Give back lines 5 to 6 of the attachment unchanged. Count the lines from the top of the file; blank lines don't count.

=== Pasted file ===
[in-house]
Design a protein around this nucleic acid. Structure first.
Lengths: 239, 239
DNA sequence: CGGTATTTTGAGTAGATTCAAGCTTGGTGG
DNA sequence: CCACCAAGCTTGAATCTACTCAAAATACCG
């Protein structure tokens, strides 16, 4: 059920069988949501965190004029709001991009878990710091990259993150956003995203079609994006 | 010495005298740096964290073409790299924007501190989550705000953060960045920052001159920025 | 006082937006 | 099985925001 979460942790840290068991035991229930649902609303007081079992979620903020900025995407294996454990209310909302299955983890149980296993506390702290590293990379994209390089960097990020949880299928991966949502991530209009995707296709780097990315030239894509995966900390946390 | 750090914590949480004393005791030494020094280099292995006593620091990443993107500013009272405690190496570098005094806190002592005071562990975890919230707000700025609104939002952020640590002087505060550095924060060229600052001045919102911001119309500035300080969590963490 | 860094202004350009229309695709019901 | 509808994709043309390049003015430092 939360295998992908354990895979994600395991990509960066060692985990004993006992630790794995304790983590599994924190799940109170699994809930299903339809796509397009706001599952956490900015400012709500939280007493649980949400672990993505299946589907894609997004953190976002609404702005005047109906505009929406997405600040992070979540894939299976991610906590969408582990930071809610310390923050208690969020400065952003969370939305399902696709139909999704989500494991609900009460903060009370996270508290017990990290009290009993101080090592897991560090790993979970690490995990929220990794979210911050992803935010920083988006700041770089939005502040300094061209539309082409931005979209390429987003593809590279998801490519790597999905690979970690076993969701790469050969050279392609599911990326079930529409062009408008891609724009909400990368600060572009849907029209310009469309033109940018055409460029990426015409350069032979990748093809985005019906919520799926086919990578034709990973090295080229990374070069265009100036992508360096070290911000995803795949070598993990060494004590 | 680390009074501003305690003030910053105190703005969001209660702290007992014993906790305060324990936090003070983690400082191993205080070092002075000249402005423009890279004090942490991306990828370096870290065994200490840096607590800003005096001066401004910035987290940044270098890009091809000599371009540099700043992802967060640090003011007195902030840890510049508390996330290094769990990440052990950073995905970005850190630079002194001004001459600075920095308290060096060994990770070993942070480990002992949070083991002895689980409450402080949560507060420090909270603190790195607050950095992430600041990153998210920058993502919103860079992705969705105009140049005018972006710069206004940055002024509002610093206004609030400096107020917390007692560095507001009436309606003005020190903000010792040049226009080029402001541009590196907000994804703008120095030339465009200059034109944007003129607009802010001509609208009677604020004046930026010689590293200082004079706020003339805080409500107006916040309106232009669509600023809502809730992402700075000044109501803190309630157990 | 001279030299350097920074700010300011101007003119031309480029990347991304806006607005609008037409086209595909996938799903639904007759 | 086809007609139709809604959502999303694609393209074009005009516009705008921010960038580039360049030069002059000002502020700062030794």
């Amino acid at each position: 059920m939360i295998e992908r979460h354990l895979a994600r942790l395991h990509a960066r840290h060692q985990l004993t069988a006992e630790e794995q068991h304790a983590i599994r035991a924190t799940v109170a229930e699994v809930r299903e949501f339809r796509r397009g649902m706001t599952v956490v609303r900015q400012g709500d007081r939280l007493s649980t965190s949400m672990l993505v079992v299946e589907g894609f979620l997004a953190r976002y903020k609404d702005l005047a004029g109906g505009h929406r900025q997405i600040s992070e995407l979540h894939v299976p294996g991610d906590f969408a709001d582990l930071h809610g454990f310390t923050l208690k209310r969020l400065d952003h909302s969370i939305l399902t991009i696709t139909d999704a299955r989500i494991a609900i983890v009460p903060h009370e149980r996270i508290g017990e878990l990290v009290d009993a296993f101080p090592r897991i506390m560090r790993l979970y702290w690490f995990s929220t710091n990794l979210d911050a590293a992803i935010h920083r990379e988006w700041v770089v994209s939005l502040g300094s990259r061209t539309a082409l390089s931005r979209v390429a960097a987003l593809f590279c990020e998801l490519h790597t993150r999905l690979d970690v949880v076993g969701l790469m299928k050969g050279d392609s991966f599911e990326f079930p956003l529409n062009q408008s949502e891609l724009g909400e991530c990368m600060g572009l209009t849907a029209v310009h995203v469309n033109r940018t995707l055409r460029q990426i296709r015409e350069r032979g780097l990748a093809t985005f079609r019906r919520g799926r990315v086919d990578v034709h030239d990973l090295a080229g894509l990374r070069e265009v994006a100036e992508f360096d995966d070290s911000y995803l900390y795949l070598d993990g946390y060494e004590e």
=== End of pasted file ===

DNA sequence: CCACCAAGCTTGAATCTACTCAAAATACCG
């Protein structure tokens, strides 16, 4: 059920069988949501965190004029709001991009878990710091990259993150956003995203079609994006 | 010495005298740096964290073409790299924007501190989550705000953060960045920052001159920025 | 006082937006 | 099985925001 979460942790840290068991035991229930649902609303007081079992979620903020900025995407294996454990209310909302299955983890149980296993506390702290590293990379994209390089960097990020949880299928991966949502991530209009995707296709780097990315030239894509995966900390946390 | 750090914590949480004393005791030494020094280099292995006593620091990443993107500013009272405690190496570098005094806190002592005071562990975890919230707000700025609104939002952020640590002087505060550095924060060229600052001045919102911001119309500035300080969590963490 | 860094202004350009229309695709019901 | 509808994709043309390049003015430092 939360295998992908354990895979994600395991990509960066060692985990004993006992630790794995304790983590599994924190799940109170699994809930299903339809796509397009706001599952956490900015400012709500939280007493649980949400672990993505299946589907894609997004953190976002609404702005005047109906505009929406997405600040992070979540894939299976991610906590969408582990930071809610310390923050208690969020400065952003969370939305399902696709139909999704989500494991609900009460903060009370996270508290017990990290009290009993101080090592897991560090790993979970690490995990929220990794979210911050992803935010920083988006700041770089939005502040300094061209539309082409931005979209390429987003593809590279998801490519790597999905690979970690076993969701790469050969050279392609599911990326079930529409062009408008891609724009909400990368600060572009849907029209310009469309033109940018055409460029990426015409350069032979990748093809985005019906919520799926086919990578034709990973090295080229990374070069265009100036992508360096070290911000995803795949070598993990060494004590 | 680390009074501003305690003030910053105190703005969001209660702290007992014993906790305060324990936090003070983690400082191993205080070092002075000249402005423009890279004090942490991306990828370096870290065994200490840096607590800003005096001066401004910035987290940044270098890009091809000599371009540099700043992802967060640090003011007195902030840890510049508390996330290094769990990440052990950073995905970005850190630079002194001004001459600075920095308290060096060994990770070993942070480990002992949070083991002895689980409450402080949560507060420090909270603190790195607050950095992430600041990153998210920058993502919103860079992705969705105009140049005018972006710069206004940055002024509002610093206004609030400096107020917390007692560095507001009436309606003005020190903000010792040049226009080029402001541009590196907000994804703008120095030339465009200059034109944007003129607009802010001509609208009677604020004046930026010689590293200082004079706020003339805080409500107006916040309106232009669509600023809502809730992402700075000044109501803190309630157990 | 001279030299350097920074700010300011101007003119031309480029990347991304806006607005609008037409086209595909996938799903639904007759 | 086809007609139709809604959502999303694609393209074009005009516009705008921010960038580039360049030069002059000002502020700062030794």